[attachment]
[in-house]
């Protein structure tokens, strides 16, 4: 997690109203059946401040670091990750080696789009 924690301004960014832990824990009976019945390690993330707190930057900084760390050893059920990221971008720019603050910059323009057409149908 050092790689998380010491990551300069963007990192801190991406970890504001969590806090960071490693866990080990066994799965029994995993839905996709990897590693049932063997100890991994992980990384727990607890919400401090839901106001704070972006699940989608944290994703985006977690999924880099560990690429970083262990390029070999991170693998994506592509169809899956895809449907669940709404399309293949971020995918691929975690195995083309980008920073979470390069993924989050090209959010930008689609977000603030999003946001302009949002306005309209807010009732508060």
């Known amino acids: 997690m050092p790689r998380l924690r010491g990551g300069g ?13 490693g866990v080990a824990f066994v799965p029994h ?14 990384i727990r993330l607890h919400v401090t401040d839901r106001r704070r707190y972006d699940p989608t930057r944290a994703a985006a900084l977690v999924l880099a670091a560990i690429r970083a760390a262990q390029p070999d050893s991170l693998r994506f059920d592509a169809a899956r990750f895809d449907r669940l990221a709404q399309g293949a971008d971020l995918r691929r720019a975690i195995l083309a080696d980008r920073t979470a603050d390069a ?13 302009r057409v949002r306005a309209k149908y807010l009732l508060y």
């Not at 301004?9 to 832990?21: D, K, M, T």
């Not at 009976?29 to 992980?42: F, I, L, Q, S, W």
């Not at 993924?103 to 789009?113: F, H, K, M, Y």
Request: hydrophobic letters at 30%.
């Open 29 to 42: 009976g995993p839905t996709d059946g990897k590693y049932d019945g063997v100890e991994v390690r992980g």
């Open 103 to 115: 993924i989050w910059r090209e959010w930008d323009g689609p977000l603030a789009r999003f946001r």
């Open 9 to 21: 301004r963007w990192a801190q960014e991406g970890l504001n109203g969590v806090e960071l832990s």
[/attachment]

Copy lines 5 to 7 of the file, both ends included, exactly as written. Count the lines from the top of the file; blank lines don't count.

């Not at 009976?29 to 992980?42: F, I, L, Q, S, W």
């Not at 993924?103 to 789009?113: F, H, K, M, Y």
Request: hydrophobic letters at 30%.